“It’s now a business transaction for municipalities not to have clean water. It’s our assumption that people don’t want water to be cleaned because if you do that, water tankers won’t have jobs,” Mashego said.

Water and sanitation minister Senzo Mchunu has also told the Sunday Times that the Special Investigating Unit recently completed its preliminary report on the trend.

“There’s a growing problem of water tanker syndicates operating in many parts of the country,” Mchunu said.

“There are practical examples where water infrastructure has fallen victim to these trucking syndicates, and it’s part of the larger corruption that I’m talking about.”

Water resource management scientist Anthony Turton also told Sunday Times that tankers were often part of a water mafia that captured the market by destroying infrastructure.

“The tanker contracts are often awarded to local businessmen, many linked with the taxi industry,” Turton explained.

“Tankers are normally part of a water mafia that captures the market by destroying infrastructure. The tanker contracts are often awarded to local businessmen, many linked with the taxi industry.”

“Once the market is captured, it’s controlled by sabotage of infrastructure.”
Turton said it was a well-documented fact in health literature that contamination of water typically occurred in tankers or secondary storage.

Cholera also detected in Vaal River

This past week, Afriforum and Save Ngwathe also detected cholera in water samples from the Vaal River near Parys.

The sample that tested positive was taken around 10 metres downstream from a manhole leaking raw sewage into the river.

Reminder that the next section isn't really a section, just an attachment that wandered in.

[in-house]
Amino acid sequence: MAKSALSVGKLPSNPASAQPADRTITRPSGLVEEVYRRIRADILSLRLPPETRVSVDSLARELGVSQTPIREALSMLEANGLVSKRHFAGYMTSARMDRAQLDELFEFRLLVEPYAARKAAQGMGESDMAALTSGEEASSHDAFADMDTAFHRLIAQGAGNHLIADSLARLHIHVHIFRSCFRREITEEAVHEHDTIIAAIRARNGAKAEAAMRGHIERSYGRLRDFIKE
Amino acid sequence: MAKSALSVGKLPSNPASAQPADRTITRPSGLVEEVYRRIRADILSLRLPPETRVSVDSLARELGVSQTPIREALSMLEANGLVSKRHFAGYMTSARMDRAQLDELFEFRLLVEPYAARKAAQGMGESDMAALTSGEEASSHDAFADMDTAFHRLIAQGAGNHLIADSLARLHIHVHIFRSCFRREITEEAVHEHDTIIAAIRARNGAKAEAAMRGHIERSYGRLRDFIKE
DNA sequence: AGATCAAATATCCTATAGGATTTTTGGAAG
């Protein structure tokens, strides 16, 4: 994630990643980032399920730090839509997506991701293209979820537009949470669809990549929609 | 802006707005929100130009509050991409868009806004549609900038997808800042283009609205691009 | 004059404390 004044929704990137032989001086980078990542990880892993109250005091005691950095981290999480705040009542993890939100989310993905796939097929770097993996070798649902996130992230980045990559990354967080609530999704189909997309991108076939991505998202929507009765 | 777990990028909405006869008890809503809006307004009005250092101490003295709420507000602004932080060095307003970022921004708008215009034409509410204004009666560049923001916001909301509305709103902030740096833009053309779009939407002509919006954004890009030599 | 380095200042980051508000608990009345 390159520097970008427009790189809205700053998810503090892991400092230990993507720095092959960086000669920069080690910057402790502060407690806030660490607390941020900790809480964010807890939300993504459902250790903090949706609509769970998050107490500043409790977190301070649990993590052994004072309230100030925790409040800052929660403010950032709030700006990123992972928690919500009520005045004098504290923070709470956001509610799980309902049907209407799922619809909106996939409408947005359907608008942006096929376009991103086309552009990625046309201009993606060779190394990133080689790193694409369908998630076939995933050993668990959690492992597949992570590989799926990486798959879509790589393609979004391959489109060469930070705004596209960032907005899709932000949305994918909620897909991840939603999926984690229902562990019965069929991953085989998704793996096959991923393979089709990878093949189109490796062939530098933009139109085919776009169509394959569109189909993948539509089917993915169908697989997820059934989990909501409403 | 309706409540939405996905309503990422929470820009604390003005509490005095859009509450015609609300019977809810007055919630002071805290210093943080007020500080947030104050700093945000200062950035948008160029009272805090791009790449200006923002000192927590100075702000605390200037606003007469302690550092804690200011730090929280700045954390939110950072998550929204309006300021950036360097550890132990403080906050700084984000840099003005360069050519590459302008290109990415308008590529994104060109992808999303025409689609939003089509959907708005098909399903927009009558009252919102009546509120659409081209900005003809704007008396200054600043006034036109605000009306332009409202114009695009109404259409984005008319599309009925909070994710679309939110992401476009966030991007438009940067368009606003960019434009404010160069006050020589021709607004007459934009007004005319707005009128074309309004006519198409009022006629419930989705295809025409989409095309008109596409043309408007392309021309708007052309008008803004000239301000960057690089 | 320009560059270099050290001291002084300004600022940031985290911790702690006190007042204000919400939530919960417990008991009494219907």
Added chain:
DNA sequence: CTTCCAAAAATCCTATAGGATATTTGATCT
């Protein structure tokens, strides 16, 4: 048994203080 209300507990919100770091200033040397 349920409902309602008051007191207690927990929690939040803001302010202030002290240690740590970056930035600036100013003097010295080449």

It is just one of several locations where untreated sewerage ended up in the river.

Concerningly, the water extraction point for the Vredefort area was just 1km from the area where the cholera sample was taken.

Vredefort has also reported at least one death from cholera in recent weeks. The Vaal River forms the provincial border between Gauteng and the Free State.

Manhole in Parys from which sewage is leaking and flowing into Vaal Rivier
Sewage water flowing into Vaal River near Parys

Fortunately for Gauteng residents, the point near Parys where cholera has been detected is downstream from the Vaal Dam, the province’s primary water source.

Infrastructure and governance experts have warned for years that South Africa is headed for a water crisis due to poor infrastructure maintenance, a growing population, and unpredictable rainfall due to climate change.

Large parts of the City of Tshwane recently saw their taps run dry for several days after the power supply to a large reservoir’s boosting station suffered vandalism.

Unfortunately, sourcing alternative water through a borehole or rainwater capturing system is too costly for poor households, which means they are largely left at the mercy of the government.

Now read: Backup water systems in South Africa — these are your options

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Water mafia sabotaging South Africa’s infrastructure and raking in millions — Report